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Library eBooks to get you through quarantine

By RAMONA PRICE

In this strange time of social distancing and staying at home, how do you get new books when the libraries and bookstores are closed? Luckily, the San Diego County Library has you covered with our eBook and downloadable audiobook collection. Download the Libby app to your phone/tablet or go to sdcl.overdrive.com on your computer, sign in with your library card number, and you are good to go. If this is your first time using our eBooks, there is a guide to help you: sdcl.org/ebooks.html.

Here are some highlights from our “Read Together, Separately” eBook and audiobook collection that are always available for checkout.

In Ann Patchett’s sprawling epic “Commonwealth,” two families are torn apart and brought together by a single illicit kiss at a christening party in the 1960s. That kiss spawns two divorces and upends the lives of six children, who eventually form their own insular tribe as they are shuttled between their families in California and Virginia. Over 20 years later, the siblings’ story becomes the basis of a bestselling book, forcing them to face their demons, their guilt and the deep connection that ties them all together.

A fascinating history of one of the biggest industrial scandals of the early 20th century, “Radium Girls” by Kate Moore explores how radium went from being a miracle to a nightmare. Touted as the glowing wave of the future, radium was everywhere, but it was most prevalent in watches, whose radium coated dials allowed the wearers to tell the time in the dark. Those dials were hand-painted with radium by young female workers, whose bodies became so coated in the substance that they would glow in the dark. Being a “shining girl” was a coveted job, until they started falling mysteriously ill. As the factories continued to deny that radium was unsafe, the workers and their families started to fight back.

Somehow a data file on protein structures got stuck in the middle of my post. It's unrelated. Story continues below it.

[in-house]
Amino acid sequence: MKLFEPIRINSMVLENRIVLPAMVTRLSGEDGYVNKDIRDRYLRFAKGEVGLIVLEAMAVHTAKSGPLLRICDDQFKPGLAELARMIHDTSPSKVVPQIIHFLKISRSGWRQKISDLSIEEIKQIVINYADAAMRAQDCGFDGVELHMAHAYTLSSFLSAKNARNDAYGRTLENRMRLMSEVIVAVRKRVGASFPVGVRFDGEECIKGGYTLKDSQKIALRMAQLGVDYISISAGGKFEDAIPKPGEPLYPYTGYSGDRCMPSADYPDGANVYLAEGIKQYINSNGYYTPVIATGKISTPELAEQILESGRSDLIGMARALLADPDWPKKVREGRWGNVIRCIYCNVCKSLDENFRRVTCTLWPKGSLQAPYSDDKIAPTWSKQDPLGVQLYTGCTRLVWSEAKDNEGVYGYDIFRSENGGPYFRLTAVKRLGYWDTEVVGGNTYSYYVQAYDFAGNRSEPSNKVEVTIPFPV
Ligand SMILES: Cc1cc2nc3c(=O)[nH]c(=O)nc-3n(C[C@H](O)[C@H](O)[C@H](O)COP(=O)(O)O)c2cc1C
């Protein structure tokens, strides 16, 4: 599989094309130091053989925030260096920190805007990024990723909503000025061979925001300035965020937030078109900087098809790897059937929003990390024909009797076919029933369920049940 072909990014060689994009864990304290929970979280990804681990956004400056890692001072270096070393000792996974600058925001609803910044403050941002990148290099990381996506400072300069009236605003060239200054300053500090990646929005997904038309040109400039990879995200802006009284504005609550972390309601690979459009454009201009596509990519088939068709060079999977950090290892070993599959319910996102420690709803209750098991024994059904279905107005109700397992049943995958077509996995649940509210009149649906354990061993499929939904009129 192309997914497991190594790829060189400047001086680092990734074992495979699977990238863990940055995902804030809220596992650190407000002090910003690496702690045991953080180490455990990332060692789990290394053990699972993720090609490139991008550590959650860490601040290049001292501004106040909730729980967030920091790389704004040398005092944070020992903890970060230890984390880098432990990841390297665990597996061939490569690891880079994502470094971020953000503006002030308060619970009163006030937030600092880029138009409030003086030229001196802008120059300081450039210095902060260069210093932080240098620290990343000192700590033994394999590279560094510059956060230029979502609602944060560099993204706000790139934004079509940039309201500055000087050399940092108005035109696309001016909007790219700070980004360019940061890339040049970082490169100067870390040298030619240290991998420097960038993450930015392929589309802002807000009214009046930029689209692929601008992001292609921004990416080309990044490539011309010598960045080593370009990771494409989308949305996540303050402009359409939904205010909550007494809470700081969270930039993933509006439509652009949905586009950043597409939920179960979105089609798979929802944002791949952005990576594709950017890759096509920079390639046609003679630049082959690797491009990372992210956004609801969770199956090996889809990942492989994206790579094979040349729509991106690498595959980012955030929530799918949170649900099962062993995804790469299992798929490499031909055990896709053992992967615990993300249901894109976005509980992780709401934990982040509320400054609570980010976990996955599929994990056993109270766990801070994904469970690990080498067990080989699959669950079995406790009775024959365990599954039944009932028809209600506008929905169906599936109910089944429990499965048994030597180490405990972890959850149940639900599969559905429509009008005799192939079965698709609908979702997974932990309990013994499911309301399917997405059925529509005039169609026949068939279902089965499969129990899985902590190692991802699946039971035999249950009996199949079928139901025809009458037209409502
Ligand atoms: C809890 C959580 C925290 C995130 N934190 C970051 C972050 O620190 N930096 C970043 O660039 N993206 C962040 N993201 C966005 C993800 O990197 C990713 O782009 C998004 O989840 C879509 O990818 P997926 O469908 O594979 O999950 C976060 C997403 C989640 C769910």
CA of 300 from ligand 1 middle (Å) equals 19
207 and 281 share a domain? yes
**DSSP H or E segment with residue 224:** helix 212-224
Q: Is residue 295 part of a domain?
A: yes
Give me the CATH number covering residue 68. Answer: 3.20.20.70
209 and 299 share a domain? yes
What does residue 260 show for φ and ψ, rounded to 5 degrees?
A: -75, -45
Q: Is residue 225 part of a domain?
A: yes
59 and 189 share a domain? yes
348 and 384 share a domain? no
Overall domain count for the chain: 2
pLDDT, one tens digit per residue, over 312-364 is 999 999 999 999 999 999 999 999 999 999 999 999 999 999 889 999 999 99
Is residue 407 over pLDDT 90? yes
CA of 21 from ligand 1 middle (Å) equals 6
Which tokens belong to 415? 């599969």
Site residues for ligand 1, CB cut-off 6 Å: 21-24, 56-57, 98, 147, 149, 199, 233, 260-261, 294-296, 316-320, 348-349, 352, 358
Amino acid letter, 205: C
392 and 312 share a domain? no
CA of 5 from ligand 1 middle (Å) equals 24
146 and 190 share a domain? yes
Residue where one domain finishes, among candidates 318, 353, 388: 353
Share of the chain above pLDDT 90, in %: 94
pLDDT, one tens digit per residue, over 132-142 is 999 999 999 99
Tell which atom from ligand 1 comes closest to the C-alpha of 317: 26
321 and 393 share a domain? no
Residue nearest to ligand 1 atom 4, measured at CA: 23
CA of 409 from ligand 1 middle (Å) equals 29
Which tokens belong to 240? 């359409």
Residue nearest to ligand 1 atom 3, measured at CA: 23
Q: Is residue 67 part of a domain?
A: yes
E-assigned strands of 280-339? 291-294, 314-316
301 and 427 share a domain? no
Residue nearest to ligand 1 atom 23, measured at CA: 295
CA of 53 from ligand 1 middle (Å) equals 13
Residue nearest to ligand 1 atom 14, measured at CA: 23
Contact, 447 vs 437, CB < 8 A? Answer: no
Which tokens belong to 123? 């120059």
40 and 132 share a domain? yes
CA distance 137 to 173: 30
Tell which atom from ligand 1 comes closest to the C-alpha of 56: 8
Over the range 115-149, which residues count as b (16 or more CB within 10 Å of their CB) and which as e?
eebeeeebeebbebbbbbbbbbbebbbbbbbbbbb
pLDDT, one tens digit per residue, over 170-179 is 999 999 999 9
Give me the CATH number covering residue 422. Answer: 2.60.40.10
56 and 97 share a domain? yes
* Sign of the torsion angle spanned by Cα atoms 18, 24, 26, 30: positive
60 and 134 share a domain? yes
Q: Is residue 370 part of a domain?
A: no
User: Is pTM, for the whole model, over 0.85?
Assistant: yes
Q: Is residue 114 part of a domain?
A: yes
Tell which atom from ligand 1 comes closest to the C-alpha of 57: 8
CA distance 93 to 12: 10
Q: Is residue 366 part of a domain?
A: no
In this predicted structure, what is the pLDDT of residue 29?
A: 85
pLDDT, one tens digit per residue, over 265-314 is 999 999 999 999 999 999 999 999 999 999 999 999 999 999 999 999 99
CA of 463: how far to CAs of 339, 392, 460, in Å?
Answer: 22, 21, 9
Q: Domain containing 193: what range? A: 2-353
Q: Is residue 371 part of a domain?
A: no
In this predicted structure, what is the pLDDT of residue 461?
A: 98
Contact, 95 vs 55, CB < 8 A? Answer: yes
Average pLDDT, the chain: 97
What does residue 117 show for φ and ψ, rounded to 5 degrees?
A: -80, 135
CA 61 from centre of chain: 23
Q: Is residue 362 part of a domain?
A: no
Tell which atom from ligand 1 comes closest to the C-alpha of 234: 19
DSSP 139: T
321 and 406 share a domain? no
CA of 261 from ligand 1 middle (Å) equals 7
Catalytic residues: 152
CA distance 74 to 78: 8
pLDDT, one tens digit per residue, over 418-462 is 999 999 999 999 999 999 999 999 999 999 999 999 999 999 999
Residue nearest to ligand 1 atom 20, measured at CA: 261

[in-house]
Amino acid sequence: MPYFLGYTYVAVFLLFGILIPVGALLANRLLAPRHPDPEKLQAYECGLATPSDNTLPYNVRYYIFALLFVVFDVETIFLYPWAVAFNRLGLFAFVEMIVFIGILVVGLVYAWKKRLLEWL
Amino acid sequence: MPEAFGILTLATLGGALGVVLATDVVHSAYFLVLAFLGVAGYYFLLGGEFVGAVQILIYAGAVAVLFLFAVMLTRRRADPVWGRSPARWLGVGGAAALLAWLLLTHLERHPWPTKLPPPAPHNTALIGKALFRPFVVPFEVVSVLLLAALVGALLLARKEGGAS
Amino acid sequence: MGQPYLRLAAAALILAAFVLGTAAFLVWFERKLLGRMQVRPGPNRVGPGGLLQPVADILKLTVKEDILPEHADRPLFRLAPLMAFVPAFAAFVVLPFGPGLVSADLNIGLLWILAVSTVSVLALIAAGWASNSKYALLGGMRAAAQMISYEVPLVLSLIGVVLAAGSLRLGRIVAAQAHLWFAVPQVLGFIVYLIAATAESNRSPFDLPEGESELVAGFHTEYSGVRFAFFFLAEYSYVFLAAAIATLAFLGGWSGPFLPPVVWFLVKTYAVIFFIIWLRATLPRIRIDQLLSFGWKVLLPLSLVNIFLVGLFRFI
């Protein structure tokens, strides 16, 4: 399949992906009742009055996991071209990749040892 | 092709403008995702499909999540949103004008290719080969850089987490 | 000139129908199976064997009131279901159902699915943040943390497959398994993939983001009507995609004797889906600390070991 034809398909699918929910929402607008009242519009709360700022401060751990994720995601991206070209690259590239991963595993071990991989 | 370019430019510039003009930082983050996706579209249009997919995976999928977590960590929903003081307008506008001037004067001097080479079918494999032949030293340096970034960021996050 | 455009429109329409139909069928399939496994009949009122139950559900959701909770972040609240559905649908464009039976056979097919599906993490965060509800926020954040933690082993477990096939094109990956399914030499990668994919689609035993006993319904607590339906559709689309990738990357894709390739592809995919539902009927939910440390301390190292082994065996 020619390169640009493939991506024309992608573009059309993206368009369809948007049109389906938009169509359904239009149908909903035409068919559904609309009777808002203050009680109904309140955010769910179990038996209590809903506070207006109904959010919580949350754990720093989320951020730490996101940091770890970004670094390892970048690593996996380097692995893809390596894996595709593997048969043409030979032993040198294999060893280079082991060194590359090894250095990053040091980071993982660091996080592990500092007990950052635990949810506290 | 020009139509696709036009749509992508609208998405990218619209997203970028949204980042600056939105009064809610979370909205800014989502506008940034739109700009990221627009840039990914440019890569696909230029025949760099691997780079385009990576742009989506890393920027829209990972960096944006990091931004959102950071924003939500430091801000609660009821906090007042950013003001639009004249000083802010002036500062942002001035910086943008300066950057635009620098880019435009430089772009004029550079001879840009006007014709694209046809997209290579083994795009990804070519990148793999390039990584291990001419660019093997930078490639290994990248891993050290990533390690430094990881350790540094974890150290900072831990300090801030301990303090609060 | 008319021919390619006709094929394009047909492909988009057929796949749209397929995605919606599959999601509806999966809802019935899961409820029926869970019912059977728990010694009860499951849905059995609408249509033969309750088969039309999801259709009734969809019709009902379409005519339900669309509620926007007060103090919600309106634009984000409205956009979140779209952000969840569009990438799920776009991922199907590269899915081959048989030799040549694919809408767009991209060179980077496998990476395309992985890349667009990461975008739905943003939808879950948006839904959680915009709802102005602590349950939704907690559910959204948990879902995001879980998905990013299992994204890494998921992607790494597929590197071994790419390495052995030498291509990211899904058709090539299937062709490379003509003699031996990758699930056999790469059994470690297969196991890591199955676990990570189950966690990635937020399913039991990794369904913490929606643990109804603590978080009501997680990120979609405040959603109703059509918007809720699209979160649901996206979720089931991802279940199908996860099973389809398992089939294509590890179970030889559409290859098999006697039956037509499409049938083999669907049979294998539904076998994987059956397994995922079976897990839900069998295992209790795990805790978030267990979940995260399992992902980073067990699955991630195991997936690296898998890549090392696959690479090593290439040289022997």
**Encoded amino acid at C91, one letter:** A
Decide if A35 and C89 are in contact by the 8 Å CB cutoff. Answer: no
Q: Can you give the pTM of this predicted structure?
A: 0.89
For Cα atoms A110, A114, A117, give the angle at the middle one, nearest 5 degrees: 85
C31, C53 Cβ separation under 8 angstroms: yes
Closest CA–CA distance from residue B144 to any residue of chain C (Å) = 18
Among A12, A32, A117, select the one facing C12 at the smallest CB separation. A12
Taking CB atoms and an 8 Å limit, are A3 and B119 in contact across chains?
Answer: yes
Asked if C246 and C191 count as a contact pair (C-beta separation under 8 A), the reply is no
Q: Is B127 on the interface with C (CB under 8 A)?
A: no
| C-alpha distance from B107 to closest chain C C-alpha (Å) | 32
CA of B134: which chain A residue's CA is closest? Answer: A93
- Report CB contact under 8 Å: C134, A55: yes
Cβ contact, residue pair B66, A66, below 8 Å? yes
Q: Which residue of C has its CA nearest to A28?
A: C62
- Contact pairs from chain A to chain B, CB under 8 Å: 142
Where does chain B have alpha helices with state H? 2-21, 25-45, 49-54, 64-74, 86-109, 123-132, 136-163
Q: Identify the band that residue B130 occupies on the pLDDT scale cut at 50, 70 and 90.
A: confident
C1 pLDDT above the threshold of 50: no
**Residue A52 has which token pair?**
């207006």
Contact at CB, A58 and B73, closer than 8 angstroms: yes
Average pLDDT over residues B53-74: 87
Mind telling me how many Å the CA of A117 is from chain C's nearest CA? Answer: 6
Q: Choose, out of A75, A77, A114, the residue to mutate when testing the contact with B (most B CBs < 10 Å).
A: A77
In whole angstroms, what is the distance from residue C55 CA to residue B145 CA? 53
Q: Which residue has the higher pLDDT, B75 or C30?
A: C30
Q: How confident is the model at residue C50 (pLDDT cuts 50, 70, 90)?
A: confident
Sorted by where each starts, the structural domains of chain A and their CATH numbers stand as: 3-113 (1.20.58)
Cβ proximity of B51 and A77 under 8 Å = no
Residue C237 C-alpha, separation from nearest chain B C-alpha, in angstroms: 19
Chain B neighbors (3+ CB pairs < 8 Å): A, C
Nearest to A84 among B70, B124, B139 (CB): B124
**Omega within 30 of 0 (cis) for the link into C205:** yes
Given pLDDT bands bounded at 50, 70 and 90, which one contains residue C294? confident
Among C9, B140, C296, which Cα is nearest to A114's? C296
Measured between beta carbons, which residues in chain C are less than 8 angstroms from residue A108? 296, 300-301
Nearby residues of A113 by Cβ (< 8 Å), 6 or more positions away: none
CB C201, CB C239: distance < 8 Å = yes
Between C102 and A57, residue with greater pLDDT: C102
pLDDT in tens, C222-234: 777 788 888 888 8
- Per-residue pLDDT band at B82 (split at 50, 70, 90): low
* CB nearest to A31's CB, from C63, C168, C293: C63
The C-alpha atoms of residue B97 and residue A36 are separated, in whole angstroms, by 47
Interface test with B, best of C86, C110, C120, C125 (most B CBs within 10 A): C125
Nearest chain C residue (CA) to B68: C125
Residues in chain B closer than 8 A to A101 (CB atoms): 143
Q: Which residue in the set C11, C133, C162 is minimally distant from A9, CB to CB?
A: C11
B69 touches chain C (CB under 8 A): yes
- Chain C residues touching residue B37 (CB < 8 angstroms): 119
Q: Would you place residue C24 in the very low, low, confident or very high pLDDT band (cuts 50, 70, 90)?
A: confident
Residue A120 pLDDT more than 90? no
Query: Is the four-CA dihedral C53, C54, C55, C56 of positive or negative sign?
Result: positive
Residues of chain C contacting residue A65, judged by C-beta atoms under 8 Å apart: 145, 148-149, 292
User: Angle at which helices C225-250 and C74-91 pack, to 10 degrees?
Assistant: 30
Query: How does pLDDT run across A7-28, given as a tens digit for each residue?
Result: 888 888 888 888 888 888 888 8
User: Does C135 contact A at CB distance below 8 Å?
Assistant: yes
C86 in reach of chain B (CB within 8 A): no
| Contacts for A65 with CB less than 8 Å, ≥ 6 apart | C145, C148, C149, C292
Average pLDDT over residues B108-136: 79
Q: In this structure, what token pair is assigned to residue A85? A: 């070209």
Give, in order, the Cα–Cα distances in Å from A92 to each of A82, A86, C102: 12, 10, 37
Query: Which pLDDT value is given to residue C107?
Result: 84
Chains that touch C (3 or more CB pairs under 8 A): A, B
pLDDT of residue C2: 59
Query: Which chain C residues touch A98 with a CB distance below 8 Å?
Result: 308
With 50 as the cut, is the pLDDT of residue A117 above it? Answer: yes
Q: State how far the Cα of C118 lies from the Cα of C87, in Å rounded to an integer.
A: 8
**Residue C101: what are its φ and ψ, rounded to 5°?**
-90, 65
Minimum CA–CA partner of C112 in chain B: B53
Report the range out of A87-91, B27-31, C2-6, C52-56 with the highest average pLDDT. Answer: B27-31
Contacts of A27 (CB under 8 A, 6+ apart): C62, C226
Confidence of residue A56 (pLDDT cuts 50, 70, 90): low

Have you been watching “Little Fires Everywhere” on Hulu, based on the novel by Celeste Ng? If you’re loving it as much as I am, you should take a look at her first book, “Everything I Never Told You.” Equally lovely and heartbreaking, this story of a Chinese-American family in 1970s Ohio whose world comes crashing down when their teenage daughter suddenly and mysteriously dies will take you on an emotional rollercoaster. Exploring themes of race, class and gender, this is a beautiful and thoughtful read.

Newlyweds Celestial and Roy are the envy of their friends and family with promising careers and a bright future in “An American Marriage” by Tayari Jones. But suddenly everything crumbles when Roy is sentenced to 12 years in prison for a crime Celestial is sure he didn’t commit. As Celestial tries to put her life back together, she finds her love for Roy changing, and starts depending on her childhood friend Andre for support and companionship. When Roy’s conviction is overturned after five years, he returns expecting to resume his life with Celestial, but discovers that everything has changed. A romantic and emotional exploration of how quickly lives can change.

Using this time at home to declutter? Explore Marie Kondo’s world-famous method in “The Life-Changing Magic of Tidying Up.” Learn how to categorize your stuff and prioritize what to keep and what to let go. Maybe you’ll find some hidden gems you forgot you had, and come out more organized and streamlined on the other side!

— Ramona Price is a librarian at the La Mesa branch of the San Diego County Library.


Source: La Mesa Currier

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